Or lofty speech. He simply thought
And spoke, and all he meant was brought
To pass.” “Who is it that you mean?”
His father asked. “The man you’ve seen
Turn water into wine. His name
Is Jesus, and since then, his fame
Is spreading like a fire. Do you
Recall the royal legate who
Is quartered in Capernaum?”
“I do. He has a son with some
Disease that no one understands.”
“He came to Jesus, Father, hands
Outstretched, and pleaded that he come
And heal his son. For just a crumb,
That’s all he asked. But Jesus stayed
Away. Instead he spoke, and made
The child completely well. With one
Mere mighty word, ‘Go now; your son
Will live,’ the deed was done. The boy
Is free. I saw him, and the joy
Of his whole house. It was the voice,
My father, just the mighty choice
Of Jesus, and the boy was free.
And, father, listen, did you see
The old man in Jerusalem?
Almost four decades, all of them
Spent waiting by Bethesda pool,
And Jesus asked him, like a fool,
‘Do you want to be healed?’ He said,
‘I have no one to lift my bed
And carry me down to the edge.’
So Jesus said, ‘This is my pledge:
Get up, take up your bed, and walk.’
And, Father, he was healed. They talk
About it everywhere I go.
One word, one mere command to show
He can deliver anyone.
Including me. The work was done
Across the sea of Galilee.
I followed him. I had to see
This for myself. There were at least
Five thousand men. When he had ceased
His teaching, Jesus took five loaves
Of barley bread and without stoves
Or grain or grinding mill or yeast,
He whispered something, and a feast
Was spread for every person in
That crowd. Including me.” The thin
Old man with longing eyes stared at
His happy son. “And, Father, that
Was when it happened. Not the bread;
It was the whisper. I was dead,
And Jesus breathed on me his word,
That I might feed on what I heard
And be set free. And, Father, I
Am free. I’m not afraid to die,
Or live, or take a stand for him.
The future that before was grim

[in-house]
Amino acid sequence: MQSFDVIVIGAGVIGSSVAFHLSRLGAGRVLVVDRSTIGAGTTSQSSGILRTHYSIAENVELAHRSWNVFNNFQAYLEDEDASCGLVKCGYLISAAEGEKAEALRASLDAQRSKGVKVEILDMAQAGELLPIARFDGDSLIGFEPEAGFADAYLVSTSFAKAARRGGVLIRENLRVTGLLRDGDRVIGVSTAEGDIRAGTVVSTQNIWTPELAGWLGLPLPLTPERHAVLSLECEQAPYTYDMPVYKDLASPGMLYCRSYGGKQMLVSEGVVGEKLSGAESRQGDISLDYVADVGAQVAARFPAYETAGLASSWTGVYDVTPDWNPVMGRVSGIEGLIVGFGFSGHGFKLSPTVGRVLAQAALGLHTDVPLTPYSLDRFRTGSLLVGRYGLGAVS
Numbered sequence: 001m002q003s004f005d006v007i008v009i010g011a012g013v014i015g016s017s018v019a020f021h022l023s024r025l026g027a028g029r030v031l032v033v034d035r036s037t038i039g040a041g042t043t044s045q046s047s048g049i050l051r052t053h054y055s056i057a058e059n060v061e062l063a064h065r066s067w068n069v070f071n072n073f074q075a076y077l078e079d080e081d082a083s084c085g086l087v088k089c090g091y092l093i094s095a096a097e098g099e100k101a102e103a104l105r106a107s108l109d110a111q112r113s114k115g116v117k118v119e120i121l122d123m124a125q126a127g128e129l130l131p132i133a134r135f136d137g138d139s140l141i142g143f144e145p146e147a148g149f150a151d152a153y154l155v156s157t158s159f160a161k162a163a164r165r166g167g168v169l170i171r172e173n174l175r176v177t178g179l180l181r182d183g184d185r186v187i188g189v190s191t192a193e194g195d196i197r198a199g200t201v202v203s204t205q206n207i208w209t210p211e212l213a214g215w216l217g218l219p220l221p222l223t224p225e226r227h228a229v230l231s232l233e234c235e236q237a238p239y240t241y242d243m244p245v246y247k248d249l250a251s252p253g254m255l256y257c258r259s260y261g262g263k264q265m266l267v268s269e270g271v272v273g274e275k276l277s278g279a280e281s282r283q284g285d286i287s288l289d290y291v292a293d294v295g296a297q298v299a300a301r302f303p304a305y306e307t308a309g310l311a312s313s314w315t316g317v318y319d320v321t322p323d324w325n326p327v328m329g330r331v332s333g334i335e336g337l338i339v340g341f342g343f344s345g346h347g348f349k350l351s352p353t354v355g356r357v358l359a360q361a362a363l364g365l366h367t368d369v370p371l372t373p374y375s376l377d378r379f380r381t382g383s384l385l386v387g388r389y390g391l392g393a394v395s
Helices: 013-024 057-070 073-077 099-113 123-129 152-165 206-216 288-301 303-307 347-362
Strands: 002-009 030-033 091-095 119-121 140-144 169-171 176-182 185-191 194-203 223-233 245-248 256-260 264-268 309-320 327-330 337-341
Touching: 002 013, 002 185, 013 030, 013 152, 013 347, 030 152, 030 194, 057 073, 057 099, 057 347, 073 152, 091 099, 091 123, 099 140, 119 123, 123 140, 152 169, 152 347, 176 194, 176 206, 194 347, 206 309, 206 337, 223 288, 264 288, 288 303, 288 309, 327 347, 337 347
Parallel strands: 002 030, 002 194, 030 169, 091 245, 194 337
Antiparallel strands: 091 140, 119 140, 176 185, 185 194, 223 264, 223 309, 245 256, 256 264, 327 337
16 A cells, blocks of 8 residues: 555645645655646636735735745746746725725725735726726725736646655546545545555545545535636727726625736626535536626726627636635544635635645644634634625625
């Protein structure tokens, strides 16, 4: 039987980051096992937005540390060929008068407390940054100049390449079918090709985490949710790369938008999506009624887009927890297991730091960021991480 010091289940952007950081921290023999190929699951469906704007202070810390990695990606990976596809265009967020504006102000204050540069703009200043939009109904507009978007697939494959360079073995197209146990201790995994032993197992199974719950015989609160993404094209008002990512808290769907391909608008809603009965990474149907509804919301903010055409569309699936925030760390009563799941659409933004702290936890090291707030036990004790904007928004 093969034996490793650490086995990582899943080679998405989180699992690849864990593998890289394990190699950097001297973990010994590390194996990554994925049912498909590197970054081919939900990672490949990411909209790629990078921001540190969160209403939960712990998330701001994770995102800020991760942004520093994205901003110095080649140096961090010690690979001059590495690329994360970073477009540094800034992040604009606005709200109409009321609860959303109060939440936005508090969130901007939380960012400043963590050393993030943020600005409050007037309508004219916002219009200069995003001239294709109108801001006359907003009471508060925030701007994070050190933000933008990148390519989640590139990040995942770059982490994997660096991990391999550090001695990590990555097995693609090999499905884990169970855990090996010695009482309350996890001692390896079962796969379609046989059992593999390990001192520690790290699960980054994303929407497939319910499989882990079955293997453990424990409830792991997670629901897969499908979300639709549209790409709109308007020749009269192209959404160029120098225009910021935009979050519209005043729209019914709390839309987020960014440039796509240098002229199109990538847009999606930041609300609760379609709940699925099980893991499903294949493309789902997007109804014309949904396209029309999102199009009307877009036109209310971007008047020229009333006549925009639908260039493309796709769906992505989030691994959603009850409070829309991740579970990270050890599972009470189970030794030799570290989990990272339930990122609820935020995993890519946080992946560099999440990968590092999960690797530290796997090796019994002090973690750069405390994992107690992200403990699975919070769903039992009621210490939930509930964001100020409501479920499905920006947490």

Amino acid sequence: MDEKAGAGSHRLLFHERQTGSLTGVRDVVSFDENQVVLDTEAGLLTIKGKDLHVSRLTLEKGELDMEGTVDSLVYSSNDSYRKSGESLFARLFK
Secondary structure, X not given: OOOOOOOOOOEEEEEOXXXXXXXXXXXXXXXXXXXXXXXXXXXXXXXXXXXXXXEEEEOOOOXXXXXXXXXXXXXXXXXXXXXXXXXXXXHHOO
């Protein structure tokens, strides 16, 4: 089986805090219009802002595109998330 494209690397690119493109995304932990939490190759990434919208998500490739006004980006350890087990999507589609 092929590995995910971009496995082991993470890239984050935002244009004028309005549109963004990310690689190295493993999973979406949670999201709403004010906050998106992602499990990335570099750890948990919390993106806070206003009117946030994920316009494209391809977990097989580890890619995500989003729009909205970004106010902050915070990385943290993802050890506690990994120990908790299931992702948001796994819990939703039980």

With anxious thoughts, is like a field
Of lilies now. The sky that pealed
With frightful thunders in my mind
Has never once this brightly shined.
And all the gates of bravery,
Once sealed and bolted shut for me,
Are all flung wide and I am free.
O, Father, everything on earth
Is new. It’s like a second birth.
The chains have fallen off. I’m free.
I’m free! O, Father, do you see?”
The old man said, “I think I do.”
“The Lord will make it plain to you,”
His son replied. “It won’t be long.”
The Feast of Booths arrived. The throng
Of souls on pilgrimage could hear
The words of Jesus crystal clear:
“Believe in me and from your soul
Will flow a stream of life.” The whole
Crowd heard his teaching gladly. And
The emissaries who had planned,
With power from the Pharisees,
To capture Jesus, failed to seize
The Lord, and came back powerless.
The Council flamed, “Will you transgress
Against our word? We sent you out
To bring the man. And do you flout
Our right, and treat it like a whim?”
“Sirs, no one ever spoke like him.”
As Nicodemus listened, all
The fear—the paralyzing thrall
Of dread, the cowardice, the ache
Inside for human praise, the lake
Of slavery to terror, drained
Out of his soul. At peace, unchained,
He heard the rulers say, “You are
A band of fools. Has any star
Bowed to the moon, or Pharisee
Believed in him?” Courageously
Old Nicodemus stood and said,
“Does our law judge a man instead
Of giving him a hearing first?”
The Pharisees were stunned. They cursed
Beneath their breath. Then one of them
Replied, “In all Jerusalem
No one but children have believed
In Jesus. They are all deceived.
Or, Nicodemus, is there some
New reason why his friends don’t come
From Priests and Pharisees? Is there
A key of which we’re not aware?
Something, perhaps we do not see?
Perhaps some light from Galilee?”
And Nicodemus answered, “Yes.
There is. And, O, that God would bless
This Council with the eyes to see.
Why do the wise refuse to be
His friends? Because, O pious men—
Because you must be born again.”
And now as we set candle two
In place, dear Lord, please come and do
This miracle of grace. Pour out
On us this life, and end the drought
Of anxious thirst for human praise.
Undo this fear of man and raise
Us from the dead. And we will then
Exult that we are born again.